Jon Ronson describes, in the Sunday Times Magazine, how the enforcement of political correctness on Twitter via public shaming has sometimes had real consequences.
In the early days of Twitter, I was a keen shamer. When newspaper columnists made racist or homophobic statements, I joined the pile-on. Sometimes I led it. The journalist A.â€‰A. Gill once wrote a column about shooting a baboon on safari in Tanzania: â€œIâ€™m told they can be tricky to shoot. They run up trees, hang on for grim life. They die hard, baboons. But not this one. A soft-nosed .357 blew his lungs out.â€ Gill did the deed because he â€œwanted to get a sense of what it might be like to kill someone, a stranger.â€
I was among the first people to alert social media. (This was because Gill always gave my television documentaries bad reviews, so I tended to keep a vigilant eye on things he could be got for.) Within minutes, it was everywhere. Amid the hundreds of congratulatory messages I received, one stuck out: â€œWere you a bully at school?â€
Still, in those early days, the collective fury felt righteous, powerful and effective. It felt as if hierarchies were being dismantled, as if justice were being democratized. As time passed, though, I watched these shame campaigns multiply, to the point that they targeted not just powerful institutions and public figures but really anyone perceived to have done something offensive. I also began to marvel at the disconnect between the severity of the crime and the gleeful savagery of the punishment. It almost felt as if shamings were now happening for their own sake, as if they were following a script.
Eventually I started to wonder about the recipients of our shamings, the real humans who were the virtual targets of these campaigns. So for the past two years, Iâ€™ve been interviewing individuals like Justine Sacco: everyday people pilloried brutally, most often for posting some poorly considered joke on social media. Whenever possible, I have met them in person, to truly grasp the emotional toll at the other end of our screens. The people I met were mostly unemployed, fired for their transgressions, and they seemed broken somehow â€” deeply confused and traumatized. …
I met a man who, in early 2013, had been sitting at a conference for tech developers in Santa Clara, Calif., when a stupid joke popped into his head. It was about the attachments for computers and mobile devices that are commonly called dongles. He murmured the joke to his friend sitting next to him, he told me. â€œIt was so bad, I donâ€™t remember the exact words,â€ he said. â€œSomething about a fictitious piece of hardware that has a really big dongle, a ridiculous dongle. .â€‰.â€‰. It wasnâ€™t even conversation-level volume.â€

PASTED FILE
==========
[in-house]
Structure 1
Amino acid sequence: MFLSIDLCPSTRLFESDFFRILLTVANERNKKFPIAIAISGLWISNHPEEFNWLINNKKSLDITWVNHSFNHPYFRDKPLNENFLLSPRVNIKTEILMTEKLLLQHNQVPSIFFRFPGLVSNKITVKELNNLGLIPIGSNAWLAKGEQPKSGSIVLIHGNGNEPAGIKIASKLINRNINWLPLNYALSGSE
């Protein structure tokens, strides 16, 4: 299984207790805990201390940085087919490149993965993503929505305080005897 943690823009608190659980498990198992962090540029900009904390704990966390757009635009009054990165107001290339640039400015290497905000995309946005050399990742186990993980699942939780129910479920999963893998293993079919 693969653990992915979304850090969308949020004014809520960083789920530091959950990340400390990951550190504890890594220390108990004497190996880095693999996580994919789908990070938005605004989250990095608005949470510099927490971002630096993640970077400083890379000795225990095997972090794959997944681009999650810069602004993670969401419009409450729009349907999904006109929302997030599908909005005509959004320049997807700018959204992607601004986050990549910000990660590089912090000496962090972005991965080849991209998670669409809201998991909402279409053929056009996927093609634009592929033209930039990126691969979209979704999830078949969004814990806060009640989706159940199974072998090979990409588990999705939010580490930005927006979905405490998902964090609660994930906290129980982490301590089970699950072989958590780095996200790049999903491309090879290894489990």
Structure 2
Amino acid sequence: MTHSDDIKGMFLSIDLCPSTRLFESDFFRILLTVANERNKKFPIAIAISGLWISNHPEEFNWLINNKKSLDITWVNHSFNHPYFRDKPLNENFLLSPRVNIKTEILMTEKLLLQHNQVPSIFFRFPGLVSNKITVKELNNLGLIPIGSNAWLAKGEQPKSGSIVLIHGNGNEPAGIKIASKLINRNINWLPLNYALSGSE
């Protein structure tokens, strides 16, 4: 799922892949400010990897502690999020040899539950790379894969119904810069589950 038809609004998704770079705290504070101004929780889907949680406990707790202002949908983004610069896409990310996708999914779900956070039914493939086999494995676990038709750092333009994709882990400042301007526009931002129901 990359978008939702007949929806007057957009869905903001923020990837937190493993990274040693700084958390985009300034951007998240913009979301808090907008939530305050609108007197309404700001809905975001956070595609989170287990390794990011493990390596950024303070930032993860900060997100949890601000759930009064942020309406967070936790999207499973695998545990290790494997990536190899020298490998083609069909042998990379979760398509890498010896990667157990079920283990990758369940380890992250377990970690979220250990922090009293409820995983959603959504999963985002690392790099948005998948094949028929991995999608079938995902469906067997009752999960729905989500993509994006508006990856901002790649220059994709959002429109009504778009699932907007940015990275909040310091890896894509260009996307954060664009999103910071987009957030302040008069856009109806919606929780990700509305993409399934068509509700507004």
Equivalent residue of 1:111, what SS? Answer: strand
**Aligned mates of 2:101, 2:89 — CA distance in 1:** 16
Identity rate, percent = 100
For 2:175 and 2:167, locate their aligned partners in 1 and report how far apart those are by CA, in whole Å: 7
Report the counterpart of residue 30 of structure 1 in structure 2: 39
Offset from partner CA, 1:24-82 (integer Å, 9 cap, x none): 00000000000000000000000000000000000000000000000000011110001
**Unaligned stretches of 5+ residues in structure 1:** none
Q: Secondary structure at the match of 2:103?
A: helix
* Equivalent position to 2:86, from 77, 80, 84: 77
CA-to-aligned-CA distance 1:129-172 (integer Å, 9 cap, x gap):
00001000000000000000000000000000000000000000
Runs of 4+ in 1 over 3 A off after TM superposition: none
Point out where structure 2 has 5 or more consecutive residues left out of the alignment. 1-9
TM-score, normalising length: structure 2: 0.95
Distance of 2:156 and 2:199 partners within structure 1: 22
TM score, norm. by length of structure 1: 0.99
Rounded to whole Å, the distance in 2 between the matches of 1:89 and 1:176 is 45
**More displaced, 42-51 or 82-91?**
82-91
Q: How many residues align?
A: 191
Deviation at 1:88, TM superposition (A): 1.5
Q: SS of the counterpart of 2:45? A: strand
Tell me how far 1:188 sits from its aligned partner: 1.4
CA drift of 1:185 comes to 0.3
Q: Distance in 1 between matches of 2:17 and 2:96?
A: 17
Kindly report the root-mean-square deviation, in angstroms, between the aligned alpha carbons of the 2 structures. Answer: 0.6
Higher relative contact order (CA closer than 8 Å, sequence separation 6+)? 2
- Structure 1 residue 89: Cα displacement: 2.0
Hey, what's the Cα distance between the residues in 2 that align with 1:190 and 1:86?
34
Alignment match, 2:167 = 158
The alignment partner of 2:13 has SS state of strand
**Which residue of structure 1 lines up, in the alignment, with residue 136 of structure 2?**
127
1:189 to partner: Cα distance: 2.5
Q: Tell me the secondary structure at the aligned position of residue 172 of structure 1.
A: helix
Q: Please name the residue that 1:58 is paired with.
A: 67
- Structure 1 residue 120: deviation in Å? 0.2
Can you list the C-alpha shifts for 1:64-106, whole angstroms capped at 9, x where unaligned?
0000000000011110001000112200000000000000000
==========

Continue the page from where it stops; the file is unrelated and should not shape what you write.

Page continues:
Moments later, he half-noticed when a woman one row in front of them stood up, turned around and took a photograph. He thought she was taking a crowd shot, so he looked straight ahead, trying to avoid ruining her picture. Itâ€™s a little painful to look at the photograph now, knowing what was coming.
The woman had, in fact, overheard the joke. She considered it to be emblematic of the gender imbalance that plagues the tech industry and the toxic, male-dominated corporate culture that arises from it. She tweeted the picture to her 9,209 followers with the caption: â€œNot cool. Jokes about .â€‰.â€‰. â€˜bigâ€™ dongles right behind me.â€ Ten minutes later, he and his friend were taken into a quiet room at the conference and asked to explain themselves. Two days later, his boss called him into his office, and he was fired.
â€œI packed up all my stuff in a box,â€ he told me. (Like Stone and Sacco, he had never before talked on the record about what happened to him. He spoke on the condition of anonymity to avoid further damaging his career.) â€œI went outside to call my wife. Iâ€™m not one to shed tears, butâ€ â€” he paused â€” â€œwhen I got in the car with my wife I just. .â€‰.â€‰. Iâ€™ve got three kids. Getting fired was terrifying.â€
The woman who took the photograph, Adria Richards, soon felt the wrath of the crowd herself. The man responsible for the dongle joke had posted about losing his job on Hacker News, an online forum popular with developers. This led to a backlash from the other end of the political spectrum. So-called menâ€™s rights activists and anonymous trolls bombarded Richards with death threats on Twitter and Facebook. Someone tweeted Richardsâ€™s home address along with a photograph of a beheaded woman with duct tape over her mouth. Fearing for her life, she left her home, sleeping on friendsâ€™ couches for the remainder of the year.
Next, her employerâ€™s website went down. Someone had launched a DDoS attack, which overwhelms a siteâ€™s servers with repeated requests. SendGrid, her employer, was told the attacks would stop if Richards was fired. The next day she was publicly let go.